Bras, Bells, and Balls Deck the Halls

The “Show Your Joe” commercial featured above is an example of the gender binary that exists within advertising and media in general. This ad, choosing to feature good-looking handsome men and bells on their balls, has caused massive outrage in society; however, the ad isn’t the problem- the problem is that if this were an advertisement featuring women in the places of men, the backlash would be substantially less.

The public has grown accustomed to the sexualization of women’s bodies, the presentation of women in just their underwear, acting sexually by rubbing their bodies or being fragmented by the camera’s gaze. But when the roles are changed, when the camera is turned on a somewhat sexualized man (who is actually more dressed than the majority of women in commercials), it is indecent, in poor taste and an affront to the holiday season.  While the advertisement is not especially child friendly during this family oriented season, most advertisements featuring women are not either (See Victoria’s Secret). And these sexualized holiday advertisements are usually successful: Victoria’s Secret sold over 400,000 Miraculous bras during just the 2010 holiday season! (Link)

The intended audience for this advertisement, the men who need some underwear, will probably believe the ad to be funny in nature and not offensive, while their significant others might feel like the ad is inappropriate. But the ad will still be successful and the selling of the product will still be successful as well.

So, why this ad? Why is it this advertisement that has caused an uproar?  Maybe people just aren’t ready to accept the comical, sexual man. Or maybe it’s just easier to stick with women.


6 thoughts on “Bras, Bells, and Balls Deck the Halls

  1. kellykenn

    To begin, I think this commercial is, in the least, hilarious. It’s a nice spin-off from the usual assorted body shots of women. Usually, I find myself getting a little self-conscious with women’s ads, but I don’t think this commercial has the same effect on men. The men are definitely more clothed than most women on their underwear ads, and yet some people are really uncomfortable with this video. Maybe it’s because the men are gyrating and moving their hips like a woman normally does in media (i.e. music videos), and that makes everyone a little uneasy. Or maybe it’s because that jerking and motion in the men’s hips match the bell sounds in “Carol of the Bells.” Maybe imagining a man’s balls making bell noises isn’t their kind of Christmas. Nevertheless, the commercial is definitely getting Kmart some attention. I’m sure they’ll agree–any press is good press!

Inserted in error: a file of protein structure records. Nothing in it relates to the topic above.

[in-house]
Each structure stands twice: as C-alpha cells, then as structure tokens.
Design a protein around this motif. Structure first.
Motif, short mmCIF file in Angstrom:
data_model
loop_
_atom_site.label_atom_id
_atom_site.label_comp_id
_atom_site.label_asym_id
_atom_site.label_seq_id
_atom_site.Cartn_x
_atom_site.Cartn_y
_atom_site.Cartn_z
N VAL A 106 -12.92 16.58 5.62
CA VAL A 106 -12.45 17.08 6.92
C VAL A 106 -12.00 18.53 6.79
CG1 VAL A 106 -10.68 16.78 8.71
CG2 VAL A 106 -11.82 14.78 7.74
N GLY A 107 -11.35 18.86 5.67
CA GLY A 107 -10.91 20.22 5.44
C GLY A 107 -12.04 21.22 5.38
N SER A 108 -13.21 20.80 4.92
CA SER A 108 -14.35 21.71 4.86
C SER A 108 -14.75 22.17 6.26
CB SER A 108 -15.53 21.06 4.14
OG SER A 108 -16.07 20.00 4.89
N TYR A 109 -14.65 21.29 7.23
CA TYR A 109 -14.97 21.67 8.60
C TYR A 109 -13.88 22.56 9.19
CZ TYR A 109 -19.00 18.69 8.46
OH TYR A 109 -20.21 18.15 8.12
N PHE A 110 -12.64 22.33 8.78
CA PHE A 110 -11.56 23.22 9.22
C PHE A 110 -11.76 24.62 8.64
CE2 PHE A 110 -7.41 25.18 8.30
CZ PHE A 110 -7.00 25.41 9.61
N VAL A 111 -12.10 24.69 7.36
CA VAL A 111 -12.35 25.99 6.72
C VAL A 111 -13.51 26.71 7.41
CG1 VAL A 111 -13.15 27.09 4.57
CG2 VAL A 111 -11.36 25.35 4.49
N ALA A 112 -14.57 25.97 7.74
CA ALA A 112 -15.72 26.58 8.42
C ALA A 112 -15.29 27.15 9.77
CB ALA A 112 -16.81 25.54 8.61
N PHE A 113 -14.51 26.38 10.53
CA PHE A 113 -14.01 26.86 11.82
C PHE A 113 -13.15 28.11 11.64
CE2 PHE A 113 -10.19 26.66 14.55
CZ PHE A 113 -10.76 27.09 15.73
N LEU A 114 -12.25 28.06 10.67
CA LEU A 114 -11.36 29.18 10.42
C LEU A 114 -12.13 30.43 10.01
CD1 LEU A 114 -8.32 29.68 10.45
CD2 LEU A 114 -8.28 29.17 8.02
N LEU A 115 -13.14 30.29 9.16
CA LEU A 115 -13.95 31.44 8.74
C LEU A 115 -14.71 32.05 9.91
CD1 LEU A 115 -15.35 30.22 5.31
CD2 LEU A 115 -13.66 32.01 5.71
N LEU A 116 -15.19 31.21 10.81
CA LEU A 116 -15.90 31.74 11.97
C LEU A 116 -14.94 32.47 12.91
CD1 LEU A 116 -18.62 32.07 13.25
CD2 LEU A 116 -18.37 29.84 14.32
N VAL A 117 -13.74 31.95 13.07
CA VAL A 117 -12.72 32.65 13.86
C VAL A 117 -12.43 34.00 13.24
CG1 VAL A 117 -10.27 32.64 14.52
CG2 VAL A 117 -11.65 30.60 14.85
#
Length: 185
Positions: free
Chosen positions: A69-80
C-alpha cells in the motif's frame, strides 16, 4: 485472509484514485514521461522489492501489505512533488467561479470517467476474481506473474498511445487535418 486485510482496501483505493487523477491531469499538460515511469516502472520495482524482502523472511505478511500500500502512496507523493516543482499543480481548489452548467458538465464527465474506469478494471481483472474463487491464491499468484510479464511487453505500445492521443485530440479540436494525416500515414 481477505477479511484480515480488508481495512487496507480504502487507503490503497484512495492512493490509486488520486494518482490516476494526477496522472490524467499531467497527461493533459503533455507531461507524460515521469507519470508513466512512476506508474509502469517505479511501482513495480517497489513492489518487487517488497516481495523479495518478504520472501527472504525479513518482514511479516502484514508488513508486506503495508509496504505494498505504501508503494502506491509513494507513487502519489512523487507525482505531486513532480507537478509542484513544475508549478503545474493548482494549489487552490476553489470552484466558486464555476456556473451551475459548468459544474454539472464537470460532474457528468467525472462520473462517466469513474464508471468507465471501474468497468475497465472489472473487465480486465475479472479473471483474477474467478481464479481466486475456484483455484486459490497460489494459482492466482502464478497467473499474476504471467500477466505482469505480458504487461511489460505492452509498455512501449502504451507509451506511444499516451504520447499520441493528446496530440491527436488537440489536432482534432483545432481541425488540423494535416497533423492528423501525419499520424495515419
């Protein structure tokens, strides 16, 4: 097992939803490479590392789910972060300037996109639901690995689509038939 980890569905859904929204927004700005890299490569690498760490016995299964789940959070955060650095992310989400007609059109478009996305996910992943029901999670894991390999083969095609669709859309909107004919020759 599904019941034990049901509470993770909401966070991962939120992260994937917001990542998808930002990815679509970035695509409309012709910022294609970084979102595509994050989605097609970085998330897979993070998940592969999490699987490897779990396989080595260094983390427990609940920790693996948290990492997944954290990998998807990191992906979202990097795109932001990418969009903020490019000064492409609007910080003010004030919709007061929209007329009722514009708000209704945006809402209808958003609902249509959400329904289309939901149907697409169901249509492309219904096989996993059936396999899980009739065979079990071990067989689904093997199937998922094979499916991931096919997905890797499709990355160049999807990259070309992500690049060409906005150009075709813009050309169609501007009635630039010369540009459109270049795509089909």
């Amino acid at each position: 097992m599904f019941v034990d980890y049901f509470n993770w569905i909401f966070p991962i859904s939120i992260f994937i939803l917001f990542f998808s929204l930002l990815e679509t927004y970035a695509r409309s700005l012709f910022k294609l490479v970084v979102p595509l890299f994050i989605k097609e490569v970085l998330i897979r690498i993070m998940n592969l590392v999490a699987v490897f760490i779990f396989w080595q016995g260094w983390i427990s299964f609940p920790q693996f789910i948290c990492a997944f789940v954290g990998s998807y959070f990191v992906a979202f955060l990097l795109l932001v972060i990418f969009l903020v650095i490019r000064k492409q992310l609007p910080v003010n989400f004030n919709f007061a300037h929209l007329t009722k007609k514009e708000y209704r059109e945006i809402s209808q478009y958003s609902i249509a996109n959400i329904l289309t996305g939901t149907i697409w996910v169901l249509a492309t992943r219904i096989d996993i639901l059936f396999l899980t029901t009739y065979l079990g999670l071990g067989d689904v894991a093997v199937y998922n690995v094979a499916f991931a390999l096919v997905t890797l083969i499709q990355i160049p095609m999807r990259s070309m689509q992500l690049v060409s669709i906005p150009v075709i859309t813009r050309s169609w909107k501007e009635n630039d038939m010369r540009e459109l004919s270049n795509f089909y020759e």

2. amaliad2013

    I also think this commercial is pretty hilarious. Yes, the men are definitely more clothed than women typically are in commercials, such as in Victorias Secret as you mentioned, but I think it is the fact that the commercial is implying that there are bells on the men’s balls that is causing the stir. I think the backlash could also be attributed to the fact that the men are hardcore thrusting, a motion that insinuates sex, that could be a little much for television. I don’t think it is the same as when women thrust in music videos per say, because the men are doing it in a more primitive, sexually aggressive way whereas when women do it, it is more “gentle”? That could just be how I see it, but nonetheless, I think this commercial is doing a good job of mixing things up from the typically female dominated, sexualized commercials. It’ll certainly make women want to buy these boxers for their boyfriends or husbands, and I think men themselves will want to buy the boxers just because of the funny commercial. So, I guess you can say k-mart did their job!

  3. browneri04